Building a Plan: How the CARES Act Can Boost Prevention Efforts

Communities all over the country are anxiously awaiting federal resources from the CARES Act to begin flowing. As the Alliance has addressed in previous blog posts, these funds are desperately needed for those working to end homelessness. While they may be short of what researchers estimate we  actually need to appropriately shelter and house everyone who needs it during this emergency, the fact remains that these resources can have an enormous impacton the lives of vulnerable people experiencing homelessness, if we make plans to use them strategically. 

That’s a big challenge, because we are all working in crisis mode right now. And as we all know, it is tempting during a crisis, to put our heads down and focus our efforts on our immediate needs, rather than planning ahead. In fact, it’s a natural thing to do. 

But if there’s one thing we need everyone to understand, it is that we must invest the time now – right now, right this moment, and not a day later – to start planning on how we can best use these funds to serve people through the COVID-19 pandemic.  

The Alliance has already hosted a series of webinars to help guide communities through this effort, and we encourage everyone to review these materials. This blog series will help people think about how to frame their efforts, and  begin the planning process or build upon current planning efforts. 

Building a Framework 

The first step in this process is to determine your priorities during the COVID-19 pandemic. The Alliance’s framework involves five key areas that every community should be centering their efforts around: 

  1. Preventing and diverting people from imminent homelessness 
  2. Promoting  the health and safety of people who are unsheltered, while quickly transitioning them to temporary or permanent housing 
  3. Expanding and improving shelter options to come into compliance with CDC guidance for separation, isolation, and quarantine. 
  4. Stabilizing households in homeless system-funded programs like Rapid Re-Housing (RRH) and Permanent Supportive Housing (PSH) 
  5. Rapidly exiting people from the homelessness system into housing 

This blog post will specifically address the first priority: prevention and diversion. 

Focus on Equity 

As one of our fundamental prevention efforts, communities must double down on their commitments to racial equity during COVID-19. As the coronavirus pandemic goes from being a public health crisis to an economic one, we know that people of color will be disproportionately impacted not only by the virus, but also by the forces that will put them at risk of homelessness. It’s essential that as we plan to put new federal resources to use, we do everything we can so that everyone has access to the same services, and opportunity for the same outcomes, regardless of their race or ethnicity 

Taking an Assessment 

As you consider how CARES Act resources can help support your prevention and diversion efforts, take stock of your system’s existing prevention and diversion capabilities. A few core questions you should be asking:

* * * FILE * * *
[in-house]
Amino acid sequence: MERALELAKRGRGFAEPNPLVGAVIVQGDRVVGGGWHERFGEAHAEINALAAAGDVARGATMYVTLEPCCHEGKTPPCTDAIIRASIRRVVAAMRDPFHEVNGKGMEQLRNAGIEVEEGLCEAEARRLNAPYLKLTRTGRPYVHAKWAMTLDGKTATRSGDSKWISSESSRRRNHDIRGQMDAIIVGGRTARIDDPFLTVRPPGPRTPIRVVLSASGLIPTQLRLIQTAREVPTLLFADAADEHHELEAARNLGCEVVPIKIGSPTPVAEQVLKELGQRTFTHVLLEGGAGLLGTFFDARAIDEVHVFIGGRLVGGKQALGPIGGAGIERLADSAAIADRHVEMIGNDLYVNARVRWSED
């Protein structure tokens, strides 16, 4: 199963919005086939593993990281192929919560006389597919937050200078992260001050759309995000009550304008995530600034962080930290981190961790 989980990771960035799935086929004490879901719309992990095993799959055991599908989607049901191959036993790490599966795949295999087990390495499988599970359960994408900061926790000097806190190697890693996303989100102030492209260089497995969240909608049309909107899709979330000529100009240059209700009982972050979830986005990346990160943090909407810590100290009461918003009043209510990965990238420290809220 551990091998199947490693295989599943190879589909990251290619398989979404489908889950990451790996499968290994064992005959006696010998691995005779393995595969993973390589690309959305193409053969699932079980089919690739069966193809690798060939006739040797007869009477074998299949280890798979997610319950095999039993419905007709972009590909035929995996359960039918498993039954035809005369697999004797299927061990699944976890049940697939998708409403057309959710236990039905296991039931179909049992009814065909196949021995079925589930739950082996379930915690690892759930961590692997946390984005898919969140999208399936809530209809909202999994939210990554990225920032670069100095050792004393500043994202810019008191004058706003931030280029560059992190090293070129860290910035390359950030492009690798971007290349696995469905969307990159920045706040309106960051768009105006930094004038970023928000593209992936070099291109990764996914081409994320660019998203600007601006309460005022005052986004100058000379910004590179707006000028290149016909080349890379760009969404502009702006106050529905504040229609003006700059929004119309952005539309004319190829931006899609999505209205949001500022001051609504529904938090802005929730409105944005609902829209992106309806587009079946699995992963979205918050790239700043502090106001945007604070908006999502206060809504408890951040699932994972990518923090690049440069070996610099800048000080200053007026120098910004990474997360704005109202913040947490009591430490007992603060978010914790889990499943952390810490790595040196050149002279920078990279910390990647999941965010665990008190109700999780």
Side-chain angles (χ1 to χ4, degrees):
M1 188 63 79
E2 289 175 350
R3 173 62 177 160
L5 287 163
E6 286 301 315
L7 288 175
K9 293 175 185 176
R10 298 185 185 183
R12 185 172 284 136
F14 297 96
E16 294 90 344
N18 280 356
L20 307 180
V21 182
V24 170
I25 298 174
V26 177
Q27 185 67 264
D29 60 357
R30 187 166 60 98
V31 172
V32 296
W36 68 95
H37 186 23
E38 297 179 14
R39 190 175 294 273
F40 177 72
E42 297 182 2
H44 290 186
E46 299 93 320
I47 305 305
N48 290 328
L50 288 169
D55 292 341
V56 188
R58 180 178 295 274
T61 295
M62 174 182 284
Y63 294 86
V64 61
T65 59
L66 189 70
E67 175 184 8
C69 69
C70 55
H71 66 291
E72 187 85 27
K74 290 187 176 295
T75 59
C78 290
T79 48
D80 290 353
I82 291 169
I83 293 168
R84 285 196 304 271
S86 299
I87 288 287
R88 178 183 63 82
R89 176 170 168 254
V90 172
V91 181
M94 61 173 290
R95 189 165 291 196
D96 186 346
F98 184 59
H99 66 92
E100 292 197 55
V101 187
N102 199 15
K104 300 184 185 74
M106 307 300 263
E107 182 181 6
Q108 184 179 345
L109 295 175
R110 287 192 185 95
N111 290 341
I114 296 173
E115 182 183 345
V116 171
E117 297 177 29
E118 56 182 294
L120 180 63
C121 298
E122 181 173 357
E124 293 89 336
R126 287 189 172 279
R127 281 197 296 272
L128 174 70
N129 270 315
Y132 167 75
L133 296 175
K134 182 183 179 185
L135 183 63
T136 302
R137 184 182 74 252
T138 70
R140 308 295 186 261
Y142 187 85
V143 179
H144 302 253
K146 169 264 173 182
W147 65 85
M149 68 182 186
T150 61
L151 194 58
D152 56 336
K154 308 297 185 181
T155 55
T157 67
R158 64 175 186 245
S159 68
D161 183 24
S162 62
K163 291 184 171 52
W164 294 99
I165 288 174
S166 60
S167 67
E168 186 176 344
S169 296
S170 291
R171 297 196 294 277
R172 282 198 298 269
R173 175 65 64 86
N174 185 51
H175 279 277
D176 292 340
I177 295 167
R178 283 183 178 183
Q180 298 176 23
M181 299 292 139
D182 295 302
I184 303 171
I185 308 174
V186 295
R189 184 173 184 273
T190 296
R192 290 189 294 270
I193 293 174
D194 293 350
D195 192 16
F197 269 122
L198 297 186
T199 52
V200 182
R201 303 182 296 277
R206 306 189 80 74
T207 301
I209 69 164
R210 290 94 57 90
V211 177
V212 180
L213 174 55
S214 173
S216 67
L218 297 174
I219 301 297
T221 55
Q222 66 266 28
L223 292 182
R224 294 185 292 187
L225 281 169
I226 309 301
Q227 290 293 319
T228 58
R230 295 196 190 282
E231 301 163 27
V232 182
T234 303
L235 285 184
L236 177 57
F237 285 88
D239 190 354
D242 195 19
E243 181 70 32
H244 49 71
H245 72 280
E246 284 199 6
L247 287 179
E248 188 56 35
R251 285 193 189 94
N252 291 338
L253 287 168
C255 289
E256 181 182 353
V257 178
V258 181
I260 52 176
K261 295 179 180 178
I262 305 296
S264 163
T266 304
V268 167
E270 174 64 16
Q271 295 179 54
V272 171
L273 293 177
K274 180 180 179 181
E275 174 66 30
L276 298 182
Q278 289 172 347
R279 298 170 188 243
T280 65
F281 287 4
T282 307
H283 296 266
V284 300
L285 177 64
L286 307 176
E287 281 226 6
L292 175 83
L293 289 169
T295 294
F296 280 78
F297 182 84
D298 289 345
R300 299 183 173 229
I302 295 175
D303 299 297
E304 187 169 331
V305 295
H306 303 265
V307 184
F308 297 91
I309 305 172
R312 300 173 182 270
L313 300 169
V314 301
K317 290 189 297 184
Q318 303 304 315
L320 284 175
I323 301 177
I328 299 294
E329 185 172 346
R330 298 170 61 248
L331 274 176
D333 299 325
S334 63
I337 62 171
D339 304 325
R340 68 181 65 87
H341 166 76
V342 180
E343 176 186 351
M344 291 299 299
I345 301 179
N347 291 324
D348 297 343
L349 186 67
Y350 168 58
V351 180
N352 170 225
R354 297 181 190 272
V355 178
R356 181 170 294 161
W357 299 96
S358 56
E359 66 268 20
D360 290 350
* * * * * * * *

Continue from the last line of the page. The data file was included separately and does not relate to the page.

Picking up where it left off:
• Are your efforts focused on people whose homelessness is imminent? 
  • Are you targeting homeless prevention dollars at the front door of the homeless system where they can have the greatest impact and leveraging non-homeless system prevention dollars for more upstream prevention, like eviction prevention? 
  • What are you doing to help people maintain their current housing situation when it is safe and appropriate to do so?  
  • What is the racial makeup of people at-risk of homelessness inyour community? How can you ensure that people of color who are most at-risk are able to access prevention assistance? 

Leverage Other Prevention Resources 

Once all of your resources and capabilities are assessed,it’s time to determine what other, potentially non-homelessness system resources can support them. 

For example, what safeguards can help ensure that people who lose employment do not spiral straight into shelter? How can your community advance efforts like eviction moratoriums, rental forgiveness, and legal assistance to prevent evictions? 

Additionally, state and local resources are important. The Temporary Assistance for Needy Families program (TANF) is an excellent example. Advocate for use of TANF reserves to increase cash assistance and offer eviction prevention assistance for at-risk families. 

Get Your Prevention and Diversion Strategy Together 

Once you’ve assessed your current resources, and identified other resources you can leverage to support prevention and diversion, it’s time to start planning for what you’ll do with new relief funds. 

Some strategy suggestions include:  

  • How can you use these funds to build a robust financial assistance pool and case management for those in RRH and PSH and those who recently transitioned out of homelessness? 
  • Will you need to boost flexible financial assistance for survivors of domestic violence who need help to remain safe in their own home or secure new housing after escaping abuse/sexual assault? 
  • Does your community need funds to train public sector workers (e.g., criminal justice, public social services) ondiversion practices andproblem-solvingefforts?  
  • Could federal funds help you increase problem-solving and flexible financial assistance efforts at Coordinated Entry Access Points, to identify opportunities for people to avoid shelter/unsheltered homelessness? 

Obviously, we are dealing with a very long list of needs – and this is only the first of the five priority areas. But the point is that this challenge is simply too great not to start asking these questions and planning strategically.